Everything You Need To Know About Parenting In 9 Mark Twain Quotes

Classic advice.

by Ross Walker
Originally Published: 

You may not have read The Adventures of Huckleberry Finn since high school, but now that you’re a father, it’s time to dust off those Mark Twain novels from the high shelf. Because while Samuel Langhorn Clemens was the person who dealt with raising his children (and mustache maintenance), it was his nom de plume who spoke about this whole parenting thing with humor and a surprising amount of modern candor. Besides, how else are you going to get your kid to whitewash the fence?

On Where Your Baby Came From

“Familiarity breeds contempt — and children.”

On Having More Than One Kid

“Sufficient unto the day is one baby. As long as you are in your right mind don’t you ever pray for twins. Twins amount to a permanent riot. And there ain’t any real difference between triplets and an insurrection.”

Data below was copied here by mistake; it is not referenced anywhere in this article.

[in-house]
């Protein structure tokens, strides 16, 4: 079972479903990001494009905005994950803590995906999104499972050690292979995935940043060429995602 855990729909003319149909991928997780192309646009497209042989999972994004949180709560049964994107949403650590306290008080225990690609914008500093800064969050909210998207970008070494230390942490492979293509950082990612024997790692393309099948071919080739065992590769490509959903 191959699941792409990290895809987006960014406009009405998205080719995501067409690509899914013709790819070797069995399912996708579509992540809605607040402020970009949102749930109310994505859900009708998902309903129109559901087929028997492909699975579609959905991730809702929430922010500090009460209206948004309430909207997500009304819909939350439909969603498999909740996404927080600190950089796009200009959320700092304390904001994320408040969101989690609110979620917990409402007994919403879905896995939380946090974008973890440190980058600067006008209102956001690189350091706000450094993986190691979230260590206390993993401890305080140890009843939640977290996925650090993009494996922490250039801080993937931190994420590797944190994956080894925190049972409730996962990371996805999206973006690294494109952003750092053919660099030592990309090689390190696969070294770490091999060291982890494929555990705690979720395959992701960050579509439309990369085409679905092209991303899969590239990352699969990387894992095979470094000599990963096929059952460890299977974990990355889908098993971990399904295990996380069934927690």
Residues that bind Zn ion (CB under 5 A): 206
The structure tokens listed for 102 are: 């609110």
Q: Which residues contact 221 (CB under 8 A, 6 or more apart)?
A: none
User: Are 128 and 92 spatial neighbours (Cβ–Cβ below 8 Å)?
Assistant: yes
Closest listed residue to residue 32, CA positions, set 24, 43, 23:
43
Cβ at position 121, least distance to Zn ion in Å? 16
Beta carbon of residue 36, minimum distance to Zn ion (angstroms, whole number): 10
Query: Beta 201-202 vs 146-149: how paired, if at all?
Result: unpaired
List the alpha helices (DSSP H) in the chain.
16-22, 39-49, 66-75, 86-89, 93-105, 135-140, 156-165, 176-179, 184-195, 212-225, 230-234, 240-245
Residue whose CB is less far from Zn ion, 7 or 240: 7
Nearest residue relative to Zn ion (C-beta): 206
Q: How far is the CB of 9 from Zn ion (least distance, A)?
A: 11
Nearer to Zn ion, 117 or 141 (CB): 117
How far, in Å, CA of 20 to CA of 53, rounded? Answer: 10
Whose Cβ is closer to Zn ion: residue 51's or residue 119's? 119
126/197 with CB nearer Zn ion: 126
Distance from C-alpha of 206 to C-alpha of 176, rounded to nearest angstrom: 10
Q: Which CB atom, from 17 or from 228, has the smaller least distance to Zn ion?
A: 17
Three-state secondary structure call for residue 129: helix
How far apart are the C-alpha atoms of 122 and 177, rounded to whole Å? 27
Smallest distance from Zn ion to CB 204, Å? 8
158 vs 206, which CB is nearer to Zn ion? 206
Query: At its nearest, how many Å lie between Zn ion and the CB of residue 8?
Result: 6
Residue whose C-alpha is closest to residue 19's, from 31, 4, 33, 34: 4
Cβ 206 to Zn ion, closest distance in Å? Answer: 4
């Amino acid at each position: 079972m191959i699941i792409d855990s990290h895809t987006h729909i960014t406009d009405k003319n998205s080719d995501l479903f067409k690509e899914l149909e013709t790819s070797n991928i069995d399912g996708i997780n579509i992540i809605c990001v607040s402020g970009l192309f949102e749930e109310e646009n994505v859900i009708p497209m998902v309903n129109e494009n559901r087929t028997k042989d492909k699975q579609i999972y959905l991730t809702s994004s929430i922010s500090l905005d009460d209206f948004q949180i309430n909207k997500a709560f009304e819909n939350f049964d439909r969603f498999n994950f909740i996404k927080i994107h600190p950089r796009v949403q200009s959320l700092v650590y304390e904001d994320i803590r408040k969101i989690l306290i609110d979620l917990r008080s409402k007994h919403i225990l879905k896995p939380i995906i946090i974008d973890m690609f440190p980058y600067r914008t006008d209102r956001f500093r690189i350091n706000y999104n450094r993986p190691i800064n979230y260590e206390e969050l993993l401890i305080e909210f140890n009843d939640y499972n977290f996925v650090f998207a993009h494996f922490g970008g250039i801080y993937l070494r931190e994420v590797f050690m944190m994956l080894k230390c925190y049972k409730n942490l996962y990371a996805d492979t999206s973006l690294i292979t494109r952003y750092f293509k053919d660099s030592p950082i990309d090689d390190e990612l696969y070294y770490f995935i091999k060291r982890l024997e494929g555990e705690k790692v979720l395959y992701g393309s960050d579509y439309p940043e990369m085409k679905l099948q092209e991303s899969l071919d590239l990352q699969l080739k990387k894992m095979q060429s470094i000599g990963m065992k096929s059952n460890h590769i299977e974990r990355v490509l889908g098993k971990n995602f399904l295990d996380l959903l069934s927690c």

On Kids Saying The Darndest Things

“The darling mispronunciations of childhood! Dear me, there’s no music that can touch it; and how one grieves when it wastes away and dissolves into correctness, knowing it will never visit his bereaved ear again.”

On Being A Difficult Child

“My mother had a great deal of trouble with me, but I think she enjoyed it.”

On The Teen Angst Phase

“When I was a boy of 14, my father was so ignorant I could hardly stand to have the old man around. But when I got to be 21, I was astonished at how much the old man had learned in 7 years.”

On How You Get Then To Listen To You

“Always obey your parents — when they are present. Most parents think they know more than you do, and you can generally make more by humoring that superstition than you can by acting on your own better judgment.”

On Being Great Communicators

“The most useful and interesting letters we get here from home are from children 7 or 8 years old. This is the petrified truth. Happily they have got nothing to talk about but home, and neighbors, and family — things their betters think unworthy of transmission thousands of miles. They write simply and naturally, and without straining for effect. They tell all they know, and then stop.”

On Irresponsibility

“One of the very advantages of youth — you don’t own any stock in anything. You have a good time, and all the grief and trouble is with the other fellows.”

On When To Break The Rules

“It is good to obey all the rules when you’re young, so you’ll have the strength to break them when you’re old.”

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